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December 17, 2006

Writing and Healing Idea # 18: The Things We Carry

A list can be a kind of form. A list can be a way at getting at something that might be hard to get at in another way. Consider this list from Tim O’Brien’s story about Vietnam, “The Things They Carried,” from his incomparable collection by the same name. Perhaps you are already familiar with the story.

Here’s the second paragraph. Page 4. A list of the tangible things that the men carried:

The things they carried were largely determined by necessity. Among the necessities or near-necessities were P-38 can openers, pocket knives, heat tabs, wristwatches, dog tags, mosquito repellent, chewing gum, candy, cigarettes, salt tablets, packets of Kool-Aid, lighters, matches, sewing kits, Military Payment Certificates, C rations, and two or three canteens of water. Together, these items weighed between 15 and 20 pounds, depending on a man’s habits or rate of metabolism. Henry Dobbins, who was a big man, carried extra rations; he was especially fond of canned peaches in heavy syrup over pound cake. Dave Jensen, who practiced field hygiene, carried a toothbrush, dental floss, and several hotel-sized bars of soap he’d stolen on R&R in Sydney.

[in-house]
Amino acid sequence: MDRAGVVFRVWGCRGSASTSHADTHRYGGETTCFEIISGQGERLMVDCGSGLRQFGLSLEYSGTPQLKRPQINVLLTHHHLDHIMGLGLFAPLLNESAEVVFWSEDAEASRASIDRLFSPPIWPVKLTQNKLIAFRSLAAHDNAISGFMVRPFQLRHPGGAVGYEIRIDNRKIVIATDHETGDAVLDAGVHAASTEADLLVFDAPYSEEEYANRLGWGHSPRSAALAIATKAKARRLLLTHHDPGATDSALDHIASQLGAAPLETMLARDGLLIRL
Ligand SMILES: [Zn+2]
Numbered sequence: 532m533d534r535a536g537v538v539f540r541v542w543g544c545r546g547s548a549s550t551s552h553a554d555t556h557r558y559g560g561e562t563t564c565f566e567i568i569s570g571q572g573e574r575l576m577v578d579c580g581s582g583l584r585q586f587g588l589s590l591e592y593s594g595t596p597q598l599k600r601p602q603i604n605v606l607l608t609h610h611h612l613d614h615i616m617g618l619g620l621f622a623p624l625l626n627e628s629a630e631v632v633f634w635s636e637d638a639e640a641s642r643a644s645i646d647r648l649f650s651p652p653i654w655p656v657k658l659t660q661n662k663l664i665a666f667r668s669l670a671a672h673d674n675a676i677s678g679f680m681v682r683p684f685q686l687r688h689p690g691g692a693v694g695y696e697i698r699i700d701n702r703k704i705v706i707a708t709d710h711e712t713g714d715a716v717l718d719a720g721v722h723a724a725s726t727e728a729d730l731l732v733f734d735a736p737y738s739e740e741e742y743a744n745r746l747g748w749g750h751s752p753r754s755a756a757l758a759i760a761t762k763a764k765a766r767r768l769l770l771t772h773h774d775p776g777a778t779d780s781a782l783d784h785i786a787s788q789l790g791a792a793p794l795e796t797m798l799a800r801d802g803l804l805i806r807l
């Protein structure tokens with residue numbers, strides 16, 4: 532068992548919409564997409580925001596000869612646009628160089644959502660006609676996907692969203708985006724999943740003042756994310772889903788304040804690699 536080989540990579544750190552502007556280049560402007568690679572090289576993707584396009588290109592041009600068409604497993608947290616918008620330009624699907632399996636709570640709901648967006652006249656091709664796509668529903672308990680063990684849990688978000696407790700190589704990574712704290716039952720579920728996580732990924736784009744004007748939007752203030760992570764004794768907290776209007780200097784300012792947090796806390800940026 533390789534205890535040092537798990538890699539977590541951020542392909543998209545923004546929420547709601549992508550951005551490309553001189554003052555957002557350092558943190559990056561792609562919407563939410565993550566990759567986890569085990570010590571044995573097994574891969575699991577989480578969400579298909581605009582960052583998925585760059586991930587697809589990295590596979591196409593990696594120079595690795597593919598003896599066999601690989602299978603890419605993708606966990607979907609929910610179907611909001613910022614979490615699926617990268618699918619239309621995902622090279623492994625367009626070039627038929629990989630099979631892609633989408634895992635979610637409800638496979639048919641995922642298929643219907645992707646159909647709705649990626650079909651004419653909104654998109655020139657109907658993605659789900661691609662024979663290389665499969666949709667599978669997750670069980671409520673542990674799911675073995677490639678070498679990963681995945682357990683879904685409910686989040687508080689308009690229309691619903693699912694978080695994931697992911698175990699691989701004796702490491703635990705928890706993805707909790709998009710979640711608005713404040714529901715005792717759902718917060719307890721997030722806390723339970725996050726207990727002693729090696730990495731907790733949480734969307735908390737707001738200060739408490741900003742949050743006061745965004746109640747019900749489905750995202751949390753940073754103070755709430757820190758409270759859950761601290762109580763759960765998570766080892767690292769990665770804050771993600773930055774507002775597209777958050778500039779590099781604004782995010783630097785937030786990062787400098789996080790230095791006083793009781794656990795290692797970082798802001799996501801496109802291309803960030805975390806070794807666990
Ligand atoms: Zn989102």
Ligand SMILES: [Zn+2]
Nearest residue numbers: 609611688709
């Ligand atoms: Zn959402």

Here’s a paragraph from later in the story. Page 20.

They carried all the emotional baggage of men who might die. Grief, terror, love, longing—these were intangibles, but the intangibles had their own mass and specific gravity, they had tangible weight. They carried shameful memories. They carried the common secret of cowardice barely restrained, the instinct to run or freeze or hide, and in many respects this was the heaviest burden of all, for it could never be put down, it required perfect balance and perfect posture.

You can make a list of the things you carry or that you have carried. You can write about the balance and posture required to carry them.


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